Amy Sevan has been writing about angels, demons and other super natural stuff for a very long time. In the meantime, she’s bartended, taught piano lessons, earned her stockbroker’s license, and built a dog training business. The spirit of Detroit holds a certain forbidden magic she’s drawn to, so, she usually writes about those two things. Magic and Detroit.

She’s a member of Detroit Working Writers and Greater Detroit Romance Writers. Sarah Younger of the Nancy Yost Literary Agency represents her.

Amy has a supportive husband and a home with enough creatures shedding at any given moment to knit a blanket. If she knitted. Which she doesn’t.

Amysevan.com

Pledge of Ashes
Amy Sevan
Urban Fantasy

There’s no twelve-step program for recovering psychics, but Detroit mechanic Sydney Hoven has been working hard on her supernatural sobriety.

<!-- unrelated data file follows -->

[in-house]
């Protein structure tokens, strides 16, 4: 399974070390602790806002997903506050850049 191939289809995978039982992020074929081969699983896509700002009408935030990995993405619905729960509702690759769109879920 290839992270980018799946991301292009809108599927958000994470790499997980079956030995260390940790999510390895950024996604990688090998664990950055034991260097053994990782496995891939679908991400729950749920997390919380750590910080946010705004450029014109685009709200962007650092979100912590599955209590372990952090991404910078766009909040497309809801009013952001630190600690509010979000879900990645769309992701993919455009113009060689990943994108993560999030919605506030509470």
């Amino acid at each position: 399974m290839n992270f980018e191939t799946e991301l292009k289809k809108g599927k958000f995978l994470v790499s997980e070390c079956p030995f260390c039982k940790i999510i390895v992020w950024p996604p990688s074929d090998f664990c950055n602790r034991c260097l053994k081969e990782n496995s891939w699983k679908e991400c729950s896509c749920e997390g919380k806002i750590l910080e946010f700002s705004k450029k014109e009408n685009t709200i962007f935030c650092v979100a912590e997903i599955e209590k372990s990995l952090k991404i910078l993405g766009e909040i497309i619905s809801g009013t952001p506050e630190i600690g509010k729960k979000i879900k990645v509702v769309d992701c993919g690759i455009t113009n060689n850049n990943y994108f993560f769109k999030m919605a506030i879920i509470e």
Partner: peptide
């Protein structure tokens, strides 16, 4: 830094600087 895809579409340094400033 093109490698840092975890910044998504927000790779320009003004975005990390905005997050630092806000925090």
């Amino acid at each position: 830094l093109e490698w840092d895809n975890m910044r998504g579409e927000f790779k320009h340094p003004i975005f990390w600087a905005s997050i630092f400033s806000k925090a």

Too bad Hell didn’t get the memo.
When Syd meets Devon on her first night back out, she doesn’t have to be psychic to see ‘really bad idea’ written all over his stunningly gorgeous face. He says an Archangel wants her protected. But why?

When one of Lucifer’s lieutenants is sent to kill Sydney, the demon might be too strong for even Devon and the angelic forces he represents. With no true allies, Syd must stand on her own, destroy the demon, and claim her power. Otherwise, staying supernaturally sober might just kill her.

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Pledge of Ashes is the first book in the Rise romantic urban fantasy series that features angels and demons, men who have no business looking that good, and a heroine who is learning to wield incredible power.

Excerpt

Detroit came alive under the cover of darkness. Noisy clubbers laughed raucously, ear-deadening bass pounded from cars with twenty-four-inch rims, and thick steam billowed from the sewer grates.